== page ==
Does this sound like a party leader circling the wagons — or one looking to cut all ties with a former ally? Mitch McConnell opened the Senate session for the last time today as Majority Leader by acknowledging a message from the House that an impeachment action had been taken. After noting that the article had not yet been transmitted, McConnell took the opportunity to blame Donald Trump for having “provoked” the mob that sacked the Capitol.

Trump had better firm up that legal team after all:

“The mob was fed lies. They were provoked by the president and other powerful people, and they tried to use fear and violence to stop a specific proceeding of the first branch of the federal government which they did not like.”

Let’s see: fed lies, provoked by the president, rioted to derail the electoral process … what does that sound like in layman’s terms? Incitement to insurrection, that’s what — exactly what the House’s impeachment article alleges. It doesn’t sound as though McConnell’s terribly interested in the nuances of the criminal statute here, but wants to defend “the first branch” from deliberate intimidation by the second branch in the future.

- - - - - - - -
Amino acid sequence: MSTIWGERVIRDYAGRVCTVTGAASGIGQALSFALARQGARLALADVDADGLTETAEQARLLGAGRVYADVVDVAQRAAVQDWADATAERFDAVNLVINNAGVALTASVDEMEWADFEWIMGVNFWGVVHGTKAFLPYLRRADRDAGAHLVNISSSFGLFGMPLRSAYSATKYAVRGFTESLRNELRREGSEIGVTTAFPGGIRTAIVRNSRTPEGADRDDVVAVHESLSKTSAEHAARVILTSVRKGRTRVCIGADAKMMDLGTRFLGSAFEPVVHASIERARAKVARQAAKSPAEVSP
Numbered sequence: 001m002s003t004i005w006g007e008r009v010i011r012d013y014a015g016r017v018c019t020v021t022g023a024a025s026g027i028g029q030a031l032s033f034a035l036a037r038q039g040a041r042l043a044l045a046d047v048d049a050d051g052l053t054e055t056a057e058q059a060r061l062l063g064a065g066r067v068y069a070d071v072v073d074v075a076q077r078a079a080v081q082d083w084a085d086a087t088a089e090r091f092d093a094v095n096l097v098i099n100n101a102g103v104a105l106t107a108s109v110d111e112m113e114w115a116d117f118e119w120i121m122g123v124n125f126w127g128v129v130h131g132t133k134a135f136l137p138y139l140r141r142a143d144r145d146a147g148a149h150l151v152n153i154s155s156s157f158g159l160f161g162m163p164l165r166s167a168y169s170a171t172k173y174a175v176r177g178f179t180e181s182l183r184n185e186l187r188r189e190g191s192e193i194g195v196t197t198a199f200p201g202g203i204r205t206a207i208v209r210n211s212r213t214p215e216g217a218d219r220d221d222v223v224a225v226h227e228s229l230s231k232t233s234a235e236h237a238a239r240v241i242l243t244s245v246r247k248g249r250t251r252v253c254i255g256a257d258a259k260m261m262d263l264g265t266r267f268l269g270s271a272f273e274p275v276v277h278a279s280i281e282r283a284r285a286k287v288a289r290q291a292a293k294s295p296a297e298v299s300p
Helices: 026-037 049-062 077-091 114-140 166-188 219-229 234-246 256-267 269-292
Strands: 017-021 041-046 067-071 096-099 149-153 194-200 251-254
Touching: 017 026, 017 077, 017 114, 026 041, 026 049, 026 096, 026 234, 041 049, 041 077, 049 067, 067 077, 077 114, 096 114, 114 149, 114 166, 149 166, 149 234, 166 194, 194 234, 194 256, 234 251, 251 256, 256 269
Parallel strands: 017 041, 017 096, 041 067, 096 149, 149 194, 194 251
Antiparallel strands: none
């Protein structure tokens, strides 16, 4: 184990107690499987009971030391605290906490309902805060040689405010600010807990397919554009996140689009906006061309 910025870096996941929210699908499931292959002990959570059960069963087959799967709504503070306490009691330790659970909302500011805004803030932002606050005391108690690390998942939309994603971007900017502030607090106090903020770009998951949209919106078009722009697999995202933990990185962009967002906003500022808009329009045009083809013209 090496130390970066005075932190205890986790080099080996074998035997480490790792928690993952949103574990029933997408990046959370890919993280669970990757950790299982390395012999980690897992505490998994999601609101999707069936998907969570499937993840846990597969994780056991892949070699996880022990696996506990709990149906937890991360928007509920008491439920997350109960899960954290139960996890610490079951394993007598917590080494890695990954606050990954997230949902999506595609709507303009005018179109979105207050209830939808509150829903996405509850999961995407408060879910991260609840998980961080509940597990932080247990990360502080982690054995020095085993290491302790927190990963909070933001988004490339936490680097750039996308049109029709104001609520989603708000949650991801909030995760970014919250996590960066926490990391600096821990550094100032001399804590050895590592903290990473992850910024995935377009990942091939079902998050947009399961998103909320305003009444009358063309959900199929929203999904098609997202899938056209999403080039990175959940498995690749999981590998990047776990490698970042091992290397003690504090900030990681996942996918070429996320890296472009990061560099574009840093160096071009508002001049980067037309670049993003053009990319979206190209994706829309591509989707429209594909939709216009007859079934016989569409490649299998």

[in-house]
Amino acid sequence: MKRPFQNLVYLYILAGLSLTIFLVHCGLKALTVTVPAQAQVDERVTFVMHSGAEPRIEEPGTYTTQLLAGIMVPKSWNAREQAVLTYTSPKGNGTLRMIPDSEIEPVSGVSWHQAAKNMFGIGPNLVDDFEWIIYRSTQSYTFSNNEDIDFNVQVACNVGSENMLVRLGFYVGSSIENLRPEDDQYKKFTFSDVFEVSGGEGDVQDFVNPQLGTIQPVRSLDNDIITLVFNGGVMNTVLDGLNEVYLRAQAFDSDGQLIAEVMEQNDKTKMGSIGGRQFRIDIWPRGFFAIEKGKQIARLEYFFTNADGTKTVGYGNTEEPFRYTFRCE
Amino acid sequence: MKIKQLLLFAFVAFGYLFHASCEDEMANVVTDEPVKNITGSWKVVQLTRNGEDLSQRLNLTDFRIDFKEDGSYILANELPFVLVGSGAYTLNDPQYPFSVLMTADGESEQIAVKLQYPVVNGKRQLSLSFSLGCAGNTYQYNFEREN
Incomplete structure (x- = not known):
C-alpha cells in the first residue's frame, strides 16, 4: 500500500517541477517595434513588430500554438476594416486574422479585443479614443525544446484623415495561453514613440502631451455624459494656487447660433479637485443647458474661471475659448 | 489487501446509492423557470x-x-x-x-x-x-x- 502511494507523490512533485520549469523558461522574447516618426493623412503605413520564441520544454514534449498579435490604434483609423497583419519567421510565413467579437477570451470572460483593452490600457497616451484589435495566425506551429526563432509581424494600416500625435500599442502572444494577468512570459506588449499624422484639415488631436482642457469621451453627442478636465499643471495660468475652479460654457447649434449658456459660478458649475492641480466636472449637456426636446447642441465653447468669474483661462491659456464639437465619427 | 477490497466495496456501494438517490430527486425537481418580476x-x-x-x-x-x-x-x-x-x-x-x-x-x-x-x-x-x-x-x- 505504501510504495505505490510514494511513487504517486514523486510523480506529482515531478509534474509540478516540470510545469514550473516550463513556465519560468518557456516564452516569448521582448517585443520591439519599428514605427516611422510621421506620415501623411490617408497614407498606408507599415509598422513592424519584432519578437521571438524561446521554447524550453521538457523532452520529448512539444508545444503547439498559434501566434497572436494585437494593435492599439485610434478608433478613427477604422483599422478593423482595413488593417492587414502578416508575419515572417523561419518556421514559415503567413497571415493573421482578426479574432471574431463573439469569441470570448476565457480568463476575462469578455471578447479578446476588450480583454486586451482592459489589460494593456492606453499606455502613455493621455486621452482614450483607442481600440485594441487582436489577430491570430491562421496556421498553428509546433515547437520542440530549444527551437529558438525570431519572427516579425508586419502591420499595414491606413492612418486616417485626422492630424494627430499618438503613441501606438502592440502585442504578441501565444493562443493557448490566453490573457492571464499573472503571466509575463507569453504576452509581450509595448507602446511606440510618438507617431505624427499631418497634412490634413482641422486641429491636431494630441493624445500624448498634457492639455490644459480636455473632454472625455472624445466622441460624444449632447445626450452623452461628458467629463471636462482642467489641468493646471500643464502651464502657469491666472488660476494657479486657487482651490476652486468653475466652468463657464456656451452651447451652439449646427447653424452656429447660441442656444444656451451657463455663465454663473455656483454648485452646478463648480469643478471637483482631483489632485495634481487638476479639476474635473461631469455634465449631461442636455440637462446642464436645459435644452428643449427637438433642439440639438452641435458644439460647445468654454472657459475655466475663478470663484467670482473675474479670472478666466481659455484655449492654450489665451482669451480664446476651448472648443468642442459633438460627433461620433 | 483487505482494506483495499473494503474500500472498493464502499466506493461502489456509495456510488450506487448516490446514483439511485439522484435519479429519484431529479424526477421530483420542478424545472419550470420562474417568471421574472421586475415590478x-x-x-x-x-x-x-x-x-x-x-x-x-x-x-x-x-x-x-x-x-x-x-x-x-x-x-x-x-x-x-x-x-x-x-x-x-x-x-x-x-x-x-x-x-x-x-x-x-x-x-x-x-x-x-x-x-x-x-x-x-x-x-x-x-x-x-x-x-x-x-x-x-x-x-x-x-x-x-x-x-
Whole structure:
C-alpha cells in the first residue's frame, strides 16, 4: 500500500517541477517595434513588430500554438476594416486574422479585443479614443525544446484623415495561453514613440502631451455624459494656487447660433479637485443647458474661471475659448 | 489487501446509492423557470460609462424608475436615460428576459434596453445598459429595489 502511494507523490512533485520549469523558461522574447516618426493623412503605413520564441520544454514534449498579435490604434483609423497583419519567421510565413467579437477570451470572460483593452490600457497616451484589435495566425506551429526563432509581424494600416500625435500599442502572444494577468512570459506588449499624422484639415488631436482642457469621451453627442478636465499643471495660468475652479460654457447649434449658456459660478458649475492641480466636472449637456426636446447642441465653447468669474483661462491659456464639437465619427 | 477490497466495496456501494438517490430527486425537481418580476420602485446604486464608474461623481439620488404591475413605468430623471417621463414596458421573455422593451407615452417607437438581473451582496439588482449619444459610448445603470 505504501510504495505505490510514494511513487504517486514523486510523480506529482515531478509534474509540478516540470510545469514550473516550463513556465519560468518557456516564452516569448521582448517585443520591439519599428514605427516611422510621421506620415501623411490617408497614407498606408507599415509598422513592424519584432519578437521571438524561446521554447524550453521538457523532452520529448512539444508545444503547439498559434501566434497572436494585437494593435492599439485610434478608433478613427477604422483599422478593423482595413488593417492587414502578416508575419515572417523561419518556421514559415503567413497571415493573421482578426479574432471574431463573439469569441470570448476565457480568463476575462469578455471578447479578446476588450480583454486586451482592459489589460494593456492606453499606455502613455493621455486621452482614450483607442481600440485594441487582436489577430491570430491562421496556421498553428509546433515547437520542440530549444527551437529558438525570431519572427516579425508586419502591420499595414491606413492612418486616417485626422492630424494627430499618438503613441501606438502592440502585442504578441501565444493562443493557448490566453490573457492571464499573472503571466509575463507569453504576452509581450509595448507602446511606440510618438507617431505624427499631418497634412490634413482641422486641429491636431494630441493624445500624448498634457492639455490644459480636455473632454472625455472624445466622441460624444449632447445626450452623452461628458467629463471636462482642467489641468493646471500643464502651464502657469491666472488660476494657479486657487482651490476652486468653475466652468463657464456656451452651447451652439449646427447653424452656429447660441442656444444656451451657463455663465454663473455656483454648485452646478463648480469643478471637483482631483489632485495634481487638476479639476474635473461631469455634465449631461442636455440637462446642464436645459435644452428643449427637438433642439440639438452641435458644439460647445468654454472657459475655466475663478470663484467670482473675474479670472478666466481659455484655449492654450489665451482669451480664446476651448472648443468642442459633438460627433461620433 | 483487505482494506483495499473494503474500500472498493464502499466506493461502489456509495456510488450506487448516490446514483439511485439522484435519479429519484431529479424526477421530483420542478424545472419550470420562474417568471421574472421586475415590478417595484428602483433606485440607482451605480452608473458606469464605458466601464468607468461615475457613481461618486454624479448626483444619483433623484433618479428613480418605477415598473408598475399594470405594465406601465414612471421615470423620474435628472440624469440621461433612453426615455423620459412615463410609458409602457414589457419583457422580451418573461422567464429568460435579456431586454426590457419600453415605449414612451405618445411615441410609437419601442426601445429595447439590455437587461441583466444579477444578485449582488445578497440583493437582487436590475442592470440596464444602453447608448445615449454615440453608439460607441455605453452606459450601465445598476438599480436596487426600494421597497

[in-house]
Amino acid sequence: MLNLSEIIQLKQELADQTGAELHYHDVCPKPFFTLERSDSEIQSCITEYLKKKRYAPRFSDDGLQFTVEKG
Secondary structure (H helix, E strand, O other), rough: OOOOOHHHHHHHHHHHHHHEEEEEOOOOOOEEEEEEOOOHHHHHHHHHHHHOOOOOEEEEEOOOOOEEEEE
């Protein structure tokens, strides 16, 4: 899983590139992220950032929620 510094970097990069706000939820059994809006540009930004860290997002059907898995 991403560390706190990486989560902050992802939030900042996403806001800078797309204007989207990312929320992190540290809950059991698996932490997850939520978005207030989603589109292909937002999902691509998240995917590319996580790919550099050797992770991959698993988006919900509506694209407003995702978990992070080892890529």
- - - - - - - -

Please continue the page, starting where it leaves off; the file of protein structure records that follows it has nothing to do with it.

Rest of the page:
That doesn’t necessarily mean that McConnell will go along with a trial, however. He might decide to go with Dianne Feinstein’s suggestion — and a fair reading of the Constitution — and argue that while the House impeachment is legitimate and accurate, the end of Trump’s term makes a trial moot. Now that Trump has left the office, there is no function from which to remove him, which is the true purpose of impeachment. Disqualification is also an option, but there is an outstanding question as to whether that applies to elective federal office or only appointed federal office. Voters and states are sovereign in the former for the most part. The whole question is arguably moot.

We should know when Nancy Pelosi sends the article to the Senate what McConnell has in mind .. and the delay in Pelosi’s transmission also seems curious. Maybe Senate Democrats would prefer to avoid a trial and will accept a rhetorical and bipartisan consensus as well. If that’s McConnell’s intention, he might eat his cake and have it too. Endorsing the House finding would sever the connection between the GOP establishment and Trump, for better and worse, while avoiding the much more fraught and divisive ordeal of a trial. That might allow Trump to quietly depart the political scene, at least in the short term, and set the GOP up for its next chapter rather than keep this past chapter open.